There are some recipes that manage to capture the best of a season with such effortless beauty, it practically takes your breath away. With the simplest of ingredients as their guide, recipes of this nature truly let the rhythms of the harvest take center stage, paying little to no mind to pretense and fussiness. This recipe, for a stunningly simple tomato toast – pan con tomate’ – is, to me, the epitome of seasonal cooking, of cooking with grace and care and attention to detail. They say that the devil is in the details, but I’d argue that heaven can be found there as well, true bliss. For with truly fantastic seasonal cooking, it’s the little things that so often shout the loudest. They’ll leave their mark to be sure.
The freshest heirloom tomatoes; sweet, juicy, and so ugly they’re cute. Crusty, fresh bread that you take care to slice yourself – that matters. Flaky salt. Some fresh garlic. Olive oil. That’s really all there is to this one. Some utterly basic pantry staples, anchored by a seasonal superstar: the heirloom tomato. This is something I make each and every summer – best later in the season – and it’s something of a revelation.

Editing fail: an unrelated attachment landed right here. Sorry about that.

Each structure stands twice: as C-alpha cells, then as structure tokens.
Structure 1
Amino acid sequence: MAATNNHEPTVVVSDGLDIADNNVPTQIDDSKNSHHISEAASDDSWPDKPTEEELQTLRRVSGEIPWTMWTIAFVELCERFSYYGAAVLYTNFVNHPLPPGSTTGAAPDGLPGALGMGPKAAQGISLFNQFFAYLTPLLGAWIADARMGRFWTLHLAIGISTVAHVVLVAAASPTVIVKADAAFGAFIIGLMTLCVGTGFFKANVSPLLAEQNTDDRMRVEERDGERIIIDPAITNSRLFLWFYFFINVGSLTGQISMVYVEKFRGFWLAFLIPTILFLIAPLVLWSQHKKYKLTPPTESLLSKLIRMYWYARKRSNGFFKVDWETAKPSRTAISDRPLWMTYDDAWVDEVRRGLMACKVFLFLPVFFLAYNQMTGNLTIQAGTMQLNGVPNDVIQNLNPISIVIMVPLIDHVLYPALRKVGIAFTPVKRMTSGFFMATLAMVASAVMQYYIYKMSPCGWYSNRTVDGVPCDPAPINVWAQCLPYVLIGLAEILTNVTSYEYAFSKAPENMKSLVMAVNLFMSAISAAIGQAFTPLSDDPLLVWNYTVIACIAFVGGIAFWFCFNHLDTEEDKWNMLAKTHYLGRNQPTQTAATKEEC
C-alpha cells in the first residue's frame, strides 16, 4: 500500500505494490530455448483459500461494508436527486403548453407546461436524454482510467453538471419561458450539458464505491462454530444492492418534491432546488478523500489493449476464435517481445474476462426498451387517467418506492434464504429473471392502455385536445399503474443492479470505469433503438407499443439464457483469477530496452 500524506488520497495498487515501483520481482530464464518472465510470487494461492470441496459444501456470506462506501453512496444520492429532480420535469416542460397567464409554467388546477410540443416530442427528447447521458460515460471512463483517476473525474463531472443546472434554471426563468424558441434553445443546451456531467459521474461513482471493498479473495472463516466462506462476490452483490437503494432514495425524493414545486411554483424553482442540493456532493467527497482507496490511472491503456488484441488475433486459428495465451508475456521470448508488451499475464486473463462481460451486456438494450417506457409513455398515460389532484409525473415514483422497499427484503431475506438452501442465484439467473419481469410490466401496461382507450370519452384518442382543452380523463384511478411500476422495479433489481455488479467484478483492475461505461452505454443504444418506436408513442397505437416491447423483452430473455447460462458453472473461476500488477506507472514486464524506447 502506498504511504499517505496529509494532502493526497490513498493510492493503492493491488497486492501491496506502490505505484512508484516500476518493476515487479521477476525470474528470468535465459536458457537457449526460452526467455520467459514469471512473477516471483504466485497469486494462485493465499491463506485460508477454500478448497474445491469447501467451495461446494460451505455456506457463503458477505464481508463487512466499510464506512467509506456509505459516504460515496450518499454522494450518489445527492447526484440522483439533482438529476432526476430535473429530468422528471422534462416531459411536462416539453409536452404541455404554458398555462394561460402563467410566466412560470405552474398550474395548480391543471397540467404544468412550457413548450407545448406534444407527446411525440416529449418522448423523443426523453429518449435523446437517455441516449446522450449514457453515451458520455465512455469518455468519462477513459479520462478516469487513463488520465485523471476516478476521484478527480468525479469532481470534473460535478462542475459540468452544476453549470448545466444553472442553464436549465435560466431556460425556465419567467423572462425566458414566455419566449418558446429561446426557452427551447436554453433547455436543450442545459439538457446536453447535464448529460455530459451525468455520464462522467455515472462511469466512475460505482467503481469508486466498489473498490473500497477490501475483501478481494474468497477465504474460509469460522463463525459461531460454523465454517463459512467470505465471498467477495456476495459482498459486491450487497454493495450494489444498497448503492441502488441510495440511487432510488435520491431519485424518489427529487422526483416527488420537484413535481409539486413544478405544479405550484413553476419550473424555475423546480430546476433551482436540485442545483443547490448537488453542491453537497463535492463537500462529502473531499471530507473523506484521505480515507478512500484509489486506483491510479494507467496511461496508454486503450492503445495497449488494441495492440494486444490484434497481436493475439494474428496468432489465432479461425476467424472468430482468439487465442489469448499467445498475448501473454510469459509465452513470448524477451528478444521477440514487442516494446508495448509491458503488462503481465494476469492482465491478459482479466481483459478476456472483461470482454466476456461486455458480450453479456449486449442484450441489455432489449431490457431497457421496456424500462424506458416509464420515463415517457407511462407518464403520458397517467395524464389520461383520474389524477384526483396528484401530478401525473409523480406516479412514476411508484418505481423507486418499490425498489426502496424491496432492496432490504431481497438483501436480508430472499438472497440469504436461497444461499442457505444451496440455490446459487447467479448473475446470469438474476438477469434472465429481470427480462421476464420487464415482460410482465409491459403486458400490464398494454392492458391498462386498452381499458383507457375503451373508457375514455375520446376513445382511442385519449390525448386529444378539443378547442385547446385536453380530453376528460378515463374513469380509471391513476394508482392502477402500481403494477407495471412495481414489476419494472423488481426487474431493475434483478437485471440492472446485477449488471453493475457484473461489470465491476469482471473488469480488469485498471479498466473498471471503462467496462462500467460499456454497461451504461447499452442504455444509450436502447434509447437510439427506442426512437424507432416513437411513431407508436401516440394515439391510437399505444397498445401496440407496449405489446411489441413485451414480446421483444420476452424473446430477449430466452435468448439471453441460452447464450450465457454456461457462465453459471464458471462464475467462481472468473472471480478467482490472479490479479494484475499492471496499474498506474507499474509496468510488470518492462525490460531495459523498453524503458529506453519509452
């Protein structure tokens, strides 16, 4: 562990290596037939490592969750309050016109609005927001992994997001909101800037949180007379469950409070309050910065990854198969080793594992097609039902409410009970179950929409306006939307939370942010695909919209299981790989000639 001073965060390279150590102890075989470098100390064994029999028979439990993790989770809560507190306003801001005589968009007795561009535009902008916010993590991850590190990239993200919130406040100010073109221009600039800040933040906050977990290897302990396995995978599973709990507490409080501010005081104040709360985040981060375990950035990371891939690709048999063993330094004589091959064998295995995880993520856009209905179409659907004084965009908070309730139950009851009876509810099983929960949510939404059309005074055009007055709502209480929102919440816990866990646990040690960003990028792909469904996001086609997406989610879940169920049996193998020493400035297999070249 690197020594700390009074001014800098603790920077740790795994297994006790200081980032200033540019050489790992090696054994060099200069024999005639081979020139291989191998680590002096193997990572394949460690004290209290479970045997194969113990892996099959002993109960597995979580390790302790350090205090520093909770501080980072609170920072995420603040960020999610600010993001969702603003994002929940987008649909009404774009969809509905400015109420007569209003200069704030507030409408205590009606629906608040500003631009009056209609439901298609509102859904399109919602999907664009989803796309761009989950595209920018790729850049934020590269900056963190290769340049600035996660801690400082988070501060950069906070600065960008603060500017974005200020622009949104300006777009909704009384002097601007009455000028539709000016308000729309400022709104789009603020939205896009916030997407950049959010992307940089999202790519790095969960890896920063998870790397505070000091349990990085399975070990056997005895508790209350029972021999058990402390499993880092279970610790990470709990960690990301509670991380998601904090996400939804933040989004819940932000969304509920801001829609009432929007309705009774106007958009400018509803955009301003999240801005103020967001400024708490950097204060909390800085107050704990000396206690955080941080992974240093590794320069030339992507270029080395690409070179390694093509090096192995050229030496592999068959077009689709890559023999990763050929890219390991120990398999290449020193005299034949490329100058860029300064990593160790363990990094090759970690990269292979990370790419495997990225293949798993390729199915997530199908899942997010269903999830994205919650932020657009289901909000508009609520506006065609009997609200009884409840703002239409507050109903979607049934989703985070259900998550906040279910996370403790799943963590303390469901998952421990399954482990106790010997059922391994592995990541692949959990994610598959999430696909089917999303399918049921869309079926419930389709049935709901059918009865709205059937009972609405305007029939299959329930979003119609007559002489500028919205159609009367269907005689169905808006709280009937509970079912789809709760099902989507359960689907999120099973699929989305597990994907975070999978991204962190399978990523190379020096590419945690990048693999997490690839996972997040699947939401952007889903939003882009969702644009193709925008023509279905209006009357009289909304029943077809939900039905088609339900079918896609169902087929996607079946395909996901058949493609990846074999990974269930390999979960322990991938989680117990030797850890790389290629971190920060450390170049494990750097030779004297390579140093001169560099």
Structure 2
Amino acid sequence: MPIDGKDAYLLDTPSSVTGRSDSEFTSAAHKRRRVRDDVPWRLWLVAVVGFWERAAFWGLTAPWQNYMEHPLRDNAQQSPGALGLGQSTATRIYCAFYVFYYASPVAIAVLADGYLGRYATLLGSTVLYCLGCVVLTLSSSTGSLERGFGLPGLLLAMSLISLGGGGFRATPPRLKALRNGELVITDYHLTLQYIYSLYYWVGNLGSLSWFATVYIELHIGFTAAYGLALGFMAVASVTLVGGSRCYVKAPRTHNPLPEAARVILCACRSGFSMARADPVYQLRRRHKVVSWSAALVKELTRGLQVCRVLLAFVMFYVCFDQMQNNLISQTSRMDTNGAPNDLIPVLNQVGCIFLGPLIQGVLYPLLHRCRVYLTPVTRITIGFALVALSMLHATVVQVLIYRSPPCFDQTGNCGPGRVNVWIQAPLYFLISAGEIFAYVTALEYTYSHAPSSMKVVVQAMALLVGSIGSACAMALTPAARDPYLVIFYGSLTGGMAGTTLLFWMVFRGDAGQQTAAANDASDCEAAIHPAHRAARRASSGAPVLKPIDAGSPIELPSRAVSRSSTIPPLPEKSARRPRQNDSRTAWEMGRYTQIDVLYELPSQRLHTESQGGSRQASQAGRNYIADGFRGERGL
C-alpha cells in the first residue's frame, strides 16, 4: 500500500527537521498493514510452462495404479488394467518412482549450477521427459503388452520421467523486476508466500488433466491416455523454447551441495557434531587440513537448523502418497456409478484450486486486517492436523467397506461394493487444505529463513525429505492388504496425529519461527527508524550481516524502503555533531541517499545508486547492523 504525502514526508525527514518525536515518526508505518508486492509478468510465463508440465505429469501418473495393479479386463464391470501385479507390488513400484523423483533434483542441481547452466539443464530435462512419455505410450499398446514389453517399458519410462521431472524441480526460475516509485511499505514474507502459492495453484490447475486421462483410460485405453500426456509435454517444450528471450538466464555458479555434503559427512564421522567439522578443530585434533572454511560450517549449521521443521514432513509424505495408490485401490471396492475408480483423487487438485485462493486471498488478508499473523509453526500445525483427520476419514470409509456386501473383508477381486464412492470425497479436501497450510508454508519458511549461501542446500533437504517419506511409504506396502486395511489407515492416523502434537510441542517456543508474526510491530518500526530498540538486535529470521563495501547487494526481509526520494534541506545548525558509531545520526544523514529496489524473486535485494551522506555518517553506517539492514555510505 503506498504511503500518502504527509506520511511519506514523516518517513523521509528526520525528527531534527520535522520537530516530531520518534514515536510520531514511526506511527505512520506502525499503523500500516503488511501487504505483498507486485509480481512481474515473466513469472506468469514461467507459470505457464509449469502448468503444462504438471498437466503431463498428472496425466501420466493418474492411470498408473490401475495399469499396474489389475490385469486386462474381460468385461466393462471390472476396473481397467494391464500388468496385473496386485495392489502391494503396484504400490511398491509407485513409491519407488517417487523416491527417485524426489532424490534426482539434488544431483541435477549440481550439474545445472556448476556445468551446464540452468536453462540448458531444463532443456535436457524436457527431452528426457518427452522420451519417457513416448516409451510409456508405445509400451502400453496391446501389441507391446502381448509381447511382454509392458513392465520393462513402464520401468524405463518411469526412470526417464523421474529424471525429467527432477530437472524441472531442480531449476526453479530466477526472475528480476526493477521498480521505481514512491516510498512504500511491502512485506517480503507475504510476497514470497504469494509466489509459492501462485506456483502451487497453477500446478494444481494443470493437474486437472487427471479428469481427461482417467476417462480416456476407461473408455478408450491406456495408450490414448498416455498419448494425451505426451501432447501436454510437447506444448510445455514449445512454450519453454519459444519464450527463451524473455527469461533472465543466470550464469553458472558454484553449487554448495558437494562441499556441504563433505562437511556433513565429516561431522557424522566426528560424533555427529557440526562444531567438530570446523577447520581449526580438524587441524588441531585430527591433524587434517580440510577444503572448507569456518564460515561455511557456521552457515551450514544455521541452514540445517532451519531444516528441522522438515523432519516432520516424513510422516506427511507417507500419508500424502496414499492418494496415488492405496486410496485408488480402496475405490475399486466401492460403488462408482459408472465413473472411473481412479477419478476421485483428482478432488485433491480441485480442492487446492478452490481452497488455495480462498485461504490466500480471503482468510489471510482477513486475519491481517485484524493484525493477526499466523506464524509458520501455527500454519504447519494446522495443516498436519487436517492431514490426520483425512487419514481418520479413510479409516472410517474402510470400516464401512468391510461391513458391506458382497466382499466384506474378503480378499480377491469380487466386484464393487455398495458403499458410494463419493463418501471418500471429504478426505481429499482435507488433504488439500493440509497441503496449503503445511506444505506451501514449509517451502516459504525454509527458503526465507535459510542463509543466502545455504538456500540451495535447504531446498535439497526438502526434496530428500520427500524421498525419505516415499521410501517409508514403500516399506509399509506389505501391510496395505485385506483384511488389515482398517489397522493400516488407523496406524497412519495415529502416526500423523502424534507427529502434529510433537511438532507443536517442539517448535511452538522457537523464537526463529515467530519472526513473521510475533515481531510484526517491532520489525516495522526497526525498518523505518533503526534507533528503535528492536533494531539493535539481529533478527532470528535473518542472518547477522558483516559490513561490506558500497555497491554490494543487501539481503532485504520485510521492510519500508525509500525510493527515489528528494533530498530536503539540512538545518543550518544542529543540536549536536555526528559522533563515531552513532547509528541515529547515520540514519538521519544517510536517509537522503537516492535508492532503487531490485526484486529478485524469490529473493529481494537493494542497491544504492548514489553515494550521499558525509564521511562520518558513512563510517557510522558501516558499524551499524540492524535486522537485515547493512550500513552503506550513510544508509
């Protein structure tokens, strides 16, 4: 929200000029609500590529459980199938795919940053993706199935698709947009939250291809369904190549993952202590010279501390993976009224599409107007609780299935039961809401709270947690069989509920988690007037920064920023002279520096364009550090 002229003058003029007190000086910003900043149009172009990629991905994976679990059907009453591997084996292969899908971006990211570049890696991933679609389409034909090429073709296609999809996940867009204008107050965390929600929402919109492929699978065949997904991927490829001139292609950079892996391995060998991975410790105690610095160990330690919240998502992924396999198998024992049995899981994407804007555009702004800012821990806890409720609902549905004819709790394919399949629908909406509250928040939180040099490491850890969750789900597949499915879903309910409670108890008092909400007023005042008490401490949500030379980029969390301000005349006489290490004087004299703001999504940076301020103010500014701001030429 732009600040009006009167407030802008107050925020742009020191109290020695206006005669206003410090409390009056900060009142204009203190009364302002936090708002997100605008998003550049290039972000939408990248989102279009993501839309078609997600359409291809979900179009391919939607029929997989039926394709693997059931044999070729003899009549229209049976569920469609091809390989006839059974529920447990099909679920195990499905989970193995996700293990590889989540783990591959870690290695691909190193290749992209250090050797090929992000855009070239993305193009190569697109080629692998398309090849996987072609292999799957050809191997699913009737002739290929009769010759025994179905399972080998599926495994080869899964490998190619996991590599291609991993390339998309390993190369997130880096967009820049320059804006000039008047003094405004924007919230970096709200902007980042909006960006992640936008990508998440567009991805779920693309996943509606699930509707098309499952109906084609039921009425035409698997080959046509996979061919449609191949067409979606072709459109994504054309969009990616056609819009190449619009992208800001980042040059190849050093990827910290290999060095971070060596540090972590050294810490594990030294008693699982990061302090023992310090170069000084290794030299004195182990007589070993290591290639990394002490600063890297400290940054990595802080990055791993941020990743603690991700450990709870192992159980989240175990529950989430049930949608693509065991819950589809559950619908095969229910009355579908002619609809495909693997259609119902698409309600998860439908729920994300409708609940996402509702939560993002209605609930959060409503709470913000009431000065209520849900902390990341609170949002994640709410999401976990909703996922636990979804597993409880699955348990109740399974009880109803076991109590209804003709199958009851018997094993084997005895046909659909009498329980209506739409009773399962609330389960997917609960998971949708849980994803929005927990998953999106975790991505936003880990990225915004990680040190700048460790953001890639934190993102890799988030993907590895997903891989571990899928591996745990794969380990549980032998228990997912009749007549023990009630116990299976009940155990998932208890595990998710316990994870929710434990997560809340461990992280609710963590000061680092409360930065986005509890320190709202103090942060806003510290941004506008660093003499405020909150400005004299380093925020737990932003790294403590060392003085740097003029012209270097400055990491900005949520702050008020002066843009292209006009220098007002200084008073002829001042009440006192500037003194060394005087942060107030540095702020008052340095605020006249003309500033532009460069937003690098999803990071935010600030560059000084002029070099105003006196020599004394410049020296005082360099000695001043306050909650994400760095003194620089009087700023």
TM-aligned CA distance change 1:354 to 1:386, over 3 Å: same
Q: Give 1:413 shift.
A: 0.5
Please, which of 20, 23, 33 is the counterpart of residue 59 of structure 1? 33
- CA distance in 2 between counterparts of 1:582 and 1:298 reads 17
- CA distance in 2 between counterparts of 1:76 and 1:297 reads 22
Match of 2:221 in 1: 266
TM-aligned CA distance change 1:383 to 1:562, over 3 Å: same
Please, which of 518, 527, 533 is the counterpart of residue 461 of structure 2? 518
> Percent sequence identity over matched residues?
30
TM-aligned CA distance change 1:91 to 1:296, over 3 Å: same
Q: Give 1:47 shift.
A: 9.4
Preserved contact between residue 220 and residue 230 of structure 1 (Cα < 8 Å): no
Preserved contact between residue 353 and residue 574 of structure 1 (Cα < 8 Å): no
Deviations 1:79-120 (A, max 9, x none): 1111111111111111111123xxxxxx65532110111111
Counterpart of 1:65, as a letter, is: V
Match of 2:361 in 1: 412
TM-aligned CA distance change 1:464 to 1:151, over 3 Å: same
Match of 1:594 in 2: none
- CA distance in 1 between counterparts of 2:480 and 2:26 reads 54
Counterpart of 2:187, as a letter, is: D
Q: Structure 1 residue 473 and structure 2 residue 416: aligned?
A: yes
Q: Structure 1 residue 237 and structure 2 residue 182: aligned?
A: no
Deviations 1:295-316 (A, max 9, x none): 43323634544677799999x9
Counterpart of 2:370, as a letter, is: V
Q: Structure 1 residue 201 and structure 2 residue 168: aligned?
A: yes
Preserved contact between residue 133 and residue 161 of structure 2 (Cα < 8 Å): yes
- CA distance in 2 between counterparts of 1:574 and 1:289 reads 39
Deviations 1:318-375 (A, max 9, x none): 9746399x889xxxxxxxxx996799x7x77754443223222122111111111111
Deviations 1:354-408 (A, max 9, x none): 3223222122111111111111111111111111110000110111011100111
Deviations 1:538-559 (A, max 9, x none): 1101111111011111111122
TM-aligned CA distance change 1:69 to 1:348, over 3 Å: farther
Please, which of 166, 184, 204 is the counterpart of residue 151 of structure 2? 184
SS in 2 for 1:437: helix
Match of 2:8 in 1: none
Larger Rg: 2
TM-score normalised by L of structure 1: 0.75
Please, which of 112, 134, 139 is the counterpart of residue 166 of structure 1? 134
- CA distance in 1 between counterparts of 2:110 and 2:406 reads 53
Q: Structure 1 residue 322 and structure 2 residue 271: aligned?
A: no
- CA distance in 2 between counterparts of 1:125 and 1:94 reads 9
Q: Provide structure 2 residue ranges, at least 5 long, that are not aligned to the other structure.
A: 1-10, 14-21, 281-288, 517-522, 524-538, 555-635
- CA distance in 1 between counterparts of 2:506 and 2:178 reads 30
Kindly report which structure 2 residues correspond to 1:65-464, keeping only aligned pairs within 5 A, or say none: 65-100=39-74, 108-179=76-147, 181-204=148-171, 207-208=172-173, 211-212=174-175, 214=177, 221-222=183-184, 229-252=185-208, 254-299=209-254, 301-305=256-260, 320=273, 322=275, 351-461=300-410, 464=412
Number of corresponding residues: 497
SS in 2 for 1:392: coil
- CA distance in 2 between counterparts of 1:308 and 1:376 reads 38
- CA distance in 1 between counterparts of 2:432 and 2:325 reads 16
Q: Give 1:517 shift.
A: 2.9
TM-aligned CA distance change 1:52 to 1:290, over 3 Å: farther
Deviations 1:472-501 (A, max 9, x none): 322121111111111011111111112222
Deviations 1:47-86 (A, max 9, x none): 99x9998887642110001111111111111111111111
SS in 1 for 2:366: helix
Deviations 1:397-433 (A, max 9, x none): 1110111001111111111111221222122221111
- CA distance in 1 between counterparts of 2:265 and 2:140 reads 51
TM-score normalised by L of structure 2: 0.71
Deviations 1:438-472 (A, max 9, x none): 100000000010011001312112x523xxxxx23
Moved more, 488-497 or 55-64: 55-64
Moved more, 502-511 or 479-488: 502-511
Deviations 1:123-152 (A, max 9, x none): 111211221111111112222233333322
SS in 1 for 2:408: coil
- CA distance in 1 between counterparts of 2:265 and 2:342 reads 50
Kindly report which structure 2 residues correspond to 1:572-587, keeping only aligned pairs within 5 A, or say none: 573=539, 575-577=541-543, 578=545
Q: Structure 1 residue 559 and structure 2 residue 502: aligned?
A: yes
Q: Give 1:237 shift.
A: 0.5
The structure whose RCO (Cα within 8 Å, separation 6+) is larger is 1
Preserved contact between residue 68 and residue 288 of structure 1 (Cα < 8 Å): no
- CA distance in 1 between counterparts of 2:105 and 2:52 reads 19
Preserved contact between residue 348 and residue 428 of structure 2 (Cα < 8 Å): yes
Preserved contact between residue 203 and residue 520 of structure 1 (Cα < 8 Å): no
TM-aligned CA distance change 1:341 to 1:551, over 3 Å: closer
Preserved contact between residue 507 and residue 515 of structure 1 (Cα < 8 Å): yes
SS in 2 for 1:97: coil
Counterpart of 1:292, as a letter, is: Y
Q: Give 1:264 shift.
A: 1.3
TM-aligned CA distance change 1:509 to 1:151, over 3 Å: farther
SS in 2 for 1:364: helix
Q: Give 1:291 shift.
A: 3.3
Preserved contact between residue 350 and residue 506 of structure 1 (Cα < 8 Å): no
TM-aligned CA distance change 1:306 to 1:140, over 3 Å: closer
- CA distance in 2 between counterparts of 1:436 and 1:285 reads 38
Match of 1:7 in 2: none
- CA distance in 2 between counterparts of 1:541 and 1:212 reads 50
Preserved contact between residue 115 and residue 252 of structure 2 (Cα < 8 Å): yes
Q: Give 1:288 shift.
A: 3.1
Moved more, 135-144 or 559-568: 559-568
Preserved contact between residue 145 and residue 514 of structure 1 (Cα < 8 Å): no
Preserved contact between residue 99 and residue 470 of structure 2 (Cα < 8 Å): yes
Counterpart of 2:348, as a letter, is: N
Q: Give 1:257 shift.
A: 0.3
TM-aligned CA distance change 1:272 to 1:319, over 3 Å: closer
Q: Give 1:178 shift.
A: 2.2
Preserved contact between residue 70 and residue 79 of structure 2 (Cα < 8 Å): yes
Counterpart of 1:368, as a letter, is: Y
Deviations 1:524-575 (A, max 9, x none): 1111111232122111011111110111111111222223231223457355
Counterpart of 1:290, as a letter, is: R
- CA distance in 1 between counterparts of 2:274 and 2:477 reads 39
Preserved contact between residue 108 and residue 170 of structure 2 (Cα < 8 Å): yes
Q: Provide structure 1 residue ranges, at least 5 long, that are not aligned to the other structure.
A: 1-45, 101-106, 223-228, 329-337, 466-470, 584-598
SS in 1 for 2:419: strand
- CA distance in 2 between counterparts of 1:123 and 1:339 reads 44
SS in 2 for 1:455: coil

I certainly didn’t invent this – it’s roots are firmly planted in Spanish soil. In Catalan it’s pa amb tomàque. In Spanish, it’s Pan con Tomate’. In fact, I had it first in Spain about 11 years ago (but who’s counting right?) and speaking of roots, the deliciousness of that simple tapas dish I enjoyed one balmy evening in Granada was so powerful, that it took hold and hasn’t left me since. I truly look forward to it every summer. You can certainly whip it up any time of year – tomatoes can obviously be procured any time. But the flavor and quality and accessibility of great tomatoes this time of year makes it so very extra – the very best thing of summer, in my opinion. This is it, guys. Now is the time to make some otherworldly delicious tomato bread.
Mother Nature’s orders.
Rub one side of each toast slice with the cut side of a tomato, squeezing the juices and flesh out as you go. The amount of tomato juice you use is up to you, just make sure the entire surface of each slice is fully soaked. There is no right or wrong way to get that tomato goodness on your bread, so just go for it. Drizzle the tomato’ed slices with some olive oil (this is exactly the time to break out the good stuff) and finish with a sprinkling of flaky, crunchy sea salt. Enjoy. I know I do.